Support Local News.

We've been with you throughout the pandemic, the vaccinations and the reopening of schools, businesses and communities. There's never been more of a need for the kind of local, independent and unbiased journalism that The Day produces.
Please support our work by subscribing today.

Complaints heating up again at Gardner Lake State Park

Salem — Complaints about too many people behaving badly in the water and on land have surfaced at Gardner Lake State Park in past years, and this summer is no different.

The almost 10-acre park was created in 2001, giving the public access to the 528-acre lake for boating and swimming. It is operated by the state Department of Energy and Environmental Protection (DEEP).

One overriding concern this year is the presence of numerous jet skis that often congregate close to the swimming area adjacent to the boat launch.

Jeff Murray, of Andover, rented a boat slip in Salem for the first time this year. He said a group of about 10-15 jet skis on Sunday contributed to three "close calls," including one jet ski that almost hit his boat head on, one that was close enough to throw water into his boat from its wake and another jet ski that came within 20 feet of his son as the boy was being towed on a wakeboard.

"Something's going to happen. Somebody's going to get really hurt. I was scared to death they were going to hit my son," Murray said.

He said the behavior of some of the jet skiers led him to believe they didn't have the training necessary to operate the vessels safely.

Murray pointed to the Coventry Lake Boat Launch, also operated by DEEP, where he said a seasonal attendant on weekends checks for licenses and registration and enforced a counterclockwise rotation for vessels so all traffic moved in the same direction.

DEEP spokesman Will Healy said in an email that the agency's Environmental Conservation (EnCon) police conduct boat patrols in addition to extra patrols paid for by the Gardner Lake Authority. He said the boating division's boating education assistants — of whom there are 20 in total — are "regularly deployed" to the park, typically on weekends and on holidays.

"With 117 state boat launches, however, they cannot cover all of the launches each weekend," he said of the assistants.

The assistants are responsible for the general management of the boat launch and parking facility and for sharing information about boating safety and invasive weeds with boaters, according to Healy.

"DEEP has also realigned the swimming area buoys to better separate swimmers and vessels, marked the swimming area with navigation markers and swim buoys, and added signage to improve safety at the Boat Launch area," he wrote.

Healy declined over the phone to provide specifics about the number of patrols at the state park or the number of hours covered by boating education assistants on weekends.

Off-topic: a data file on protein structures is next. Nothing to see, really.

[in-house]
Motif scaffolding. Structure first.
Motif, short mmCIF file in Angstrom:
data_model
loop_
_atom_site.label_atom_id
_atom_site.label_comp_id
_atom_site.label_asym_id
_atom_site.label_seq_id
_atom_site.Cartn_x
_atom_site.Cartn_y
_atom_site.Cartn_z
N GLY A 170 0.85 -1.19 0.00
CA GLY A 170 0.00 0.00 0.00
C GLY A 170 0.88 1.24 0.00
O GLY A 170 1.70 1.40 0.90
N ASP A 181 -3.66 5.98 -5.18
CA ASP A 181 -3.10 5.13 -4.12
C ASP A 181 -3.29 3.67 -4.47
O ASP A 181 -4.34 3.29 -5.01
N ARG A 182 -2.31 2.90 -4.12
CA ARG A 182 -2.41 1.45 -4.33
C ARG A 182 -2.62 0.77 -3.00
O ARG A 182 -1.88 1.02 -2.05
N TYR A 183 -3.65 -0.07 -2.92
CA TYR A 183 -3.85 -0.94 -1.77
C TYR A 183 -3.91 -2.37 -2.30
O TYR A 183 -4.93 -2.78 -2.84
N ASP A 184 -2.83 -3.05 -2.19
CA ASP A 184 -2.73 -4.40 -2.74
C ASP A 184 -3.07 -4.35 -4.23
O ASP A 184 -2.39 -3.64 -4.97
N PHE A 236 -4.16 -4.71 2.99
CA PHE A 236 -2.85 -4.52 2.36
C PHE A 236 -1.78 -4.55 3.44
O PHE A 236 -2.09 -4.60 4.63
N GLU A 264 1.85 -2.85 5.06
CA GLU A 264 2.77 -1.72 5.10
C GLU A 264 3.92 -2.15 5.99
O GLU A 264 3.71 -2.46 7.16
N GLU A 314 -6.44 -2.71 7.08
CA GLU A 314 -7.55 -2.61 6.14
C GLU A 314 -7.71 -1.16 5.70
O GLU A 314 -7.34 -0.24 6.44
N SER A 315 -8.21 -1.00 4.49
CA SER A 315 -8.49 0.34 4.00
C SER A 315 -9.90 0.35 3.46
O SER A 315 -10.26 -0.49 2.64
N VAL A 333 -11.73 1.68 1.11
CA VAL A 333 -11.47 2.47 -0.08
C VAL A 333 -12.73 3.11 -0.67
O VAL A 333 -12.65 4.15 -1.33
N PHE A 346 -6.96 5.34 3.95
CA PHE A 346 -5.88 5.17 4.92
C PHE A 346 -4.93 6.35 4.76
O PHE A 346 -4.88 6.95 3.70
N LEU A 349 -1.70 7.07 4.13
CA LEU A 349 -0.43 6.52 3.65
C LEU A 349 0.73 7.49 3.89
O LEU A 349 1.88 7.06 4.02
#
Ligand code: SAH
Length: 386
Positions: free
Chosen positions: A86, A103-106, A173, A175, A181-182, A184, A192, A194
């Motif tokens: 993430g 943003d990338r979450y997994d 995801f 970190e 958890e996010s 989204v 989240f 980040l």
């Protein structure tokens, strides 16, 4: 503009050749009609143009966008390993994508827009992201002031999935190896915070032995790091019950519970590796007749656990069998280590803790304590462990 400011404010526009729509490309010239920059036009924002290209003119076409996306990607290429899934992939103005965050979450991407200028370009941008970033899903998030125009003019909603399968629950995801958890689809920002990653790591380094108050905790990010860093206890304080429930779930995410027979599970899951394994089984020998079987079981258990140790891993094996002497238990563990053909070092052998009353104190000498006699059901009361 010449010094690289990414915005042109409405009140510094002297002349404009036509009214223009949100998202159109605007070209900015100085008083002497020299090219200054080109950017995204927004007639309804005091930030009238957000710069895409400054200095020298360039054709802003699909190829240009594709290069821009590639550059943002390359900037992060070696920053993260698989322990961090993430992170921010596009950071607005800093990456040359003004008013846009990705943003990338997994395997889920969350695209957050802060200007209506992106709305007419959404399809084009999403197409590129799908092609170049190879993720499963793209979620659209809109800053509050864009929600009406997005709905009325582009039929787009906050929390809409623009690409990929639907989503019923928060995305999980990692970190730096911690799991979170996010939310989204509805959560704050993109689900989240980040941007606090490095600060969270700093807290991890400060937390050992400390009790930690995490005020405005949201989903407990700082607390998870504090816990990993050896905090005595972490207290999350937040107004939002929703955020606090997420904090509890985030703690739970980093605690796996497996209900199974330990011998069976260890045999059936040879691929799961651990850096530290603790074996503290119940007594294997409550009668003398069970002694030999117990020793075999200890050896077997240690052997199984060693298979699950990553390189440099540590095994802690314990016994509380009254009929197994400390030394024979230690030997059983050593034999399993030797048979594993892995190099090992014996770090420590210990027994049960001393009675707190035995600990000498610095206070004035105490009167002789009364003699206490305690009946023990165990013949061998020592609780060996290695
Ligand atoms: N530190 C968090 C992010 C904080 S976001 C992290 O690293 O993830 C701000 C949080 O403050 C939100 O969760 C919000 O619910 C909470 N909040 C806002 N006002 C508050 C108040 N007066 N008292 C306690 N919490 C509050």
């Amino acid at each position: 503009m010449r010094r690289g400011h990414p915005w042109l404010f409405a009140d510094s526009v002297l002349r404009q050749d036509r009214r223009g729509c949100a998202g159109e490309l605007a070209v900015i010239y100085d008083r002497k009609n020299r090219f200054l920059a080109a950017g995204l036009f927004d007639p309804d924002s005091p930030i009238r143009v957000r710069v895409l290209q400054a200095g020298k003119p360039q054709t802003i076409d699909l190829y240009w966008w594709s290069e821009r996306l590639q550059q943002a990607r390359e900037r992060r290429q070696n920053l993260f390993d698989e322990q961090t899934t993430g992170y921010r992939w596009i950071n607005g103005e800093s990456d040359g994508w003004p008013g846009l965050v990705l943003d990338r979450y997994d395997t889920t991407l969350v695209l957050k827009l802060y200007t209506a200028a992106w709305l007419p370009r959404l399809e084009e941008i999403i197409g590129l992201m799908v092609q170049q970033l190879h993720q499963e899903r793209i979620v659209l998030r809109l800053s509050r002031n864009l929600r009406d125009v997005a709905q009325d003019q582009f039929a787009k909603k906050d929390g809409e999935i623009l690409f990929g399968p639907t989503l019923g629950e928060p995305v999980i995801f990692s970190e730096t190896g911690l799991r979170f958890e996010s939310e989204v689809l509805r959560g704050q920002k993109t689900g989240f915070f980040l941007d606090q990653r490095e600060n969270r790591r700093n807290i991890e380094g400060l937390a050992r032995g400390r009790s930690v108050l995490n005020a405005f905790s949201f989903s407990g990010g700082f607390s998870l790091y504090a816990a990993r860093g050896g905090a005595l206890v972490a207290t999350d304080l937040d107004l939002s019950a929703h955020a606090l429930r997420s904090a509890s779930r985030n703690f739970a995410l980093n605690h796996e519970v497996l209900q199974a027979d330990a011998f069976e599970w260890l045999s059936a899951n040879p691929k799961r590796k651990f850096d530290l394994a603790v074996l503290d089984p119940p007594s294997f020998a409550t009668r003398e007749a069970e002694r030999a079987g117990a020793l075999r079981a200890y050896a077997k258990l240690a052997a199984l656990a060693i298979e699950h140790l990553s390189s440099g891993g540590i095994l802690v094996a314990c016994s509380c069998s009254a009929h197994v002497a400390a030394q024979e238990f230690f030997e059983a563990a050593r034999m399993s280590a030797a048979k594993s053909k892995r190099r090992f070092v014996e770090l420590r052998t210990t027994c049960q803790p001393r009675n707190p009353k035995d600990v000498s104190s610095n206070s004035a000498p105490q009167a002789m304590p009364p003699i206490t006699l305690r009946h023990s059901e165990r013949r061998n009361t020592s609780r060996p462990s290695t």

Salem First Selectman Kevin Lyden said the town's two resident state troopers do rounds at least daily at the state park in addition to the EnCon patrols. The Gardner Lake Authority — which consists of members from Salem, Montville and Bozrah — pays for a limited amount of EnCon water patrols on weekends.

Kate Johnson, a member of the Gardner Lake Authority from Montville, said the agency budgeted $10,000 this year for lake safety. The majority of the money is spent on the water patrols, which cover about four hours per week between Memorial Day and Labor Day.

Salem pays 60% of the Gardner Lake Authority's $24,450 budget, Johnson said. Montville pays 30% and Bozrah pays 10%.

Lyden said DEEP should provide more enforcement.

"It would be nice to find what's the right balance and have DEEP provide a certain level of enforcement if there's that many people going out on the lake from the boat launch," he said.

Lyden noted parking at all state parks is free through the Passport to the Parks program funded by a blanket $10 fee on motor vehicle registrations. He said the idea was that there'd be more money for maintenance, supervision and enforcement at the state parks.

"I don't think it's unreasonable to expect the park to be managed properly."

Previous pleas directed at DEEP from Lyden and other officials led to an alcohol ban four years ago to help control the unruly crowds and to the addition of dumpsters for keeping litter at bay, according to Lyden.

"We want it to be a more manageable park. It's better than it was four years ago, but it's been painstaking," he said.

Lyden credited DEEP Commissioner Katie Scharf Dykes, who took the helm of the agency in 2019, with helping things run smoothly last summer and pledging her ongoing support.

He said he will reach out to the commissioner directly if complaints continue.

Gardner Lake Authority co-chairman Scott D. Soderberg said a lack of state oversight at the state park means that "on a hot day, it gets very crowded and it gets out of control."

He said the jet skis "buzzing around in and out" of the boat launch right next to the beach area is dangerous.

"When I was younger, no matter where we went, if it was a public beach there was oversight," he said. "If someone went outside the ropes, a whistle blew. A mother sitting there with kids didn't have to worry so much."

Soderberg noted canopy-style tents set up on the beach make it hard for some people to see beyond them while watching children in the water.

He said the lack of preventative measures means the state is going to be in a reactive position if someone is "hurt bad or, heaven forbid, dies."

"If you can't fund it and manage it properly, you should probably close it because it's very unsafe," he said.

e.regan@theday.com

READER COMMENTS

Loading comments...
Hide Comments

TRENDING

PODCASTS